Seven Ways of Finding Grace Within Grief: Way 3 & 4: Finding Meaning & Creativity

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Note to readers: Welcome to Part 3, the continuation of this eight part blog mini-series, Finding Grace within Grief, Seven Healing Ways. In this piece, I offer Positive Psychology and Let Your Yoga Dance tools to help those experiencing loss and dark times. If you are just joining in, to get the most out of this blog, please return to the introduction. This is a story; it’s wise to start reading a story at the beginning.

Berkshire Mountains

Way 3: Finding Meaning

An important book I reread during this time was Viktor Frankl’s Man’s Search for Meaning. He actually managed to find meaning from the hell of his Auschwitz years.

Meaning came pretty quickly for both my then-husband and for me. After Sarah Grace was born, we took a walk around the Berkshire hills surrounding Kripalu. From that walk we created our own gift of meaning to our daughter, the Tour for Grace. We concocted a plan: to buy a motor home, and in Sarah Grace’s honor, we would travel throughout the United States and Canada, teaching the work we had learned and led throughout our twelve years at Kripalu. We traveled and taught for three years. In fact, to this day, whenever I travel to lead trainings, workshops, and retreats, it’s still called the Tour for Grace. While on tour, I created a name for my dancing yoga practice, Grace in Motion, which is also another name for Let Your Yoga Dance.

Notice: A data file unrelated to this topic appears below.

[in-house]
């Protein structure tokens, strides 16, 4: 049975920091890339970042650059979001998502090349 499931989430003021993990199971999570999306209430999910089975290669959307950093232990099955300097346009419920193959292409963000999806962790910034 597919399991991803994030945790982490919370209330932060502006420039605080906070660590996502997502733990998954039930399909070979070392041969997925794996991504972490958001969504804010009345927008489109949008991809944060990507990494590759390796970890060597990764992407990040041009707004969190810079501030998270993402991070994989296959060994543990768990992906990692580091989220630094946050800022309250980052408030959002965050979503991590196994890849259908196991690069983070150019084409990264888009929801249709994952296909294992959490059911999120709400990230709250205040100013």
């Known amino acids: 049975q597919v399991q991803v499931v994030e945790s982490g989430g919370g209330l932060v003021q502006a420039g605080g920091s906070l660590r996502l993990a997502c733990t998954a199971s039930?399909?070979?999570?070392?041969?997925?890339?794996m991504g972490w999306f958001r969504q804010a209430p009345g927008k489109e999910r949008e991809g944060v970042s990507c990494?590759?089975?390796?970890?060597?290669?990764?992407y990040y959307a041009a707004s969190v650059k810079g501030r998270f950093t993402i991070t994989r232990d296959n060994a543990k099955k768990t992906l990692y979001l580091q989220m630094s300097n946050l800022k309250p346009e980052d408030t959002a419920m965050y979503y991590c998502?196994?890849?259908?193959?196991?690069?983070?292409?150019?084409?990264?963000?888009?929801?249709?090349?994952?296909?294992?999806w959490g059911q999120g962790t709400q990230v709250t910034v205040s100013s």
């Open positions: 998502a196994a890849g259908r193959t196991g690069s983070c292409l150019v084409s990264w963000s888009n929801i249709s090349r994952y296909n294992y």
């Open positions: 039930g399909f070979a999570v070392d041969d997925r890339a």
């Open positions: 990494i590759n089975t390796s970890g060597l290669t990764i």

Finding meaning in Sarah Grace’s life and death has been crucial, empowering, and healing to me.

Megha stretching in paradiseWay 4: Creativity

Creative expression—dancing, singing, writing, witnessing, reading, being in nature—were all necessary outlets for my healing. In my darkest moments, I could find a glimmer of light just by singing or dancing to a song I loved, or moving my aching body to a piece of music.

I remember trying to be strong ten days after Sarah Grace’s death so that I would be able to read my first poem about her, “Summer of Grace,” at her memorial. I didn’t know if I possibly could; I was afraid. But that familiar Broadway song from the King and I kept returning to my consciousness. I started to sing it again, this time, not so much for happiness, but for courage:

Whenever I feel afraid – I hold my head erect
And whistle a happy tune – so no one will suspect I’m afraid….

Make believe you’re brave and the trick will take you far
You may be as brave as you make believe you are….

Wind blowing leaves on treeThis dear old song helped! It was empowering. I sang while walking or resting outdoors in a lovely grove of trees. On the day of the memorial, I leaned against a birch tree, beneath the August summer sun. I tried once again to read her memorial poem, but soon stopped, thinking:  “I can’t possibly do this.” Suddenly I heard a whisper on the wind, rustling through the birch trees. I heard what I imagined was my daughter telling me, “Mom, I want you to overcome your fear; I want you to read my poem.” I realized that I was the only one who could be her mouthpiece. I needed to stand up and be strong. So I obeyed. I read her poem at the memorial. I’ve spent the last 19 years doing my best to dance through my fears, while helping my students dance through theirs.

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Megha in meditation

Megha-Nancy Buttenheim, M.A., is the founder of Let Your Yoga Dance: Grace in Motion®. An international presenter and corporate trainer, Megha is a 27 year teacher-trainer at Kripalu Center in Stockbridge, Massachusetts. She is also a faculty member at the Nosara Yoga Institute in Guanacaste, Costa Rica and Kind Yoga School in Cape Cod, MA. She brings her passion and expertise as a lifelong dancer, actress, singer, yogi, and educator in experiential learning to all her workshops and trainings.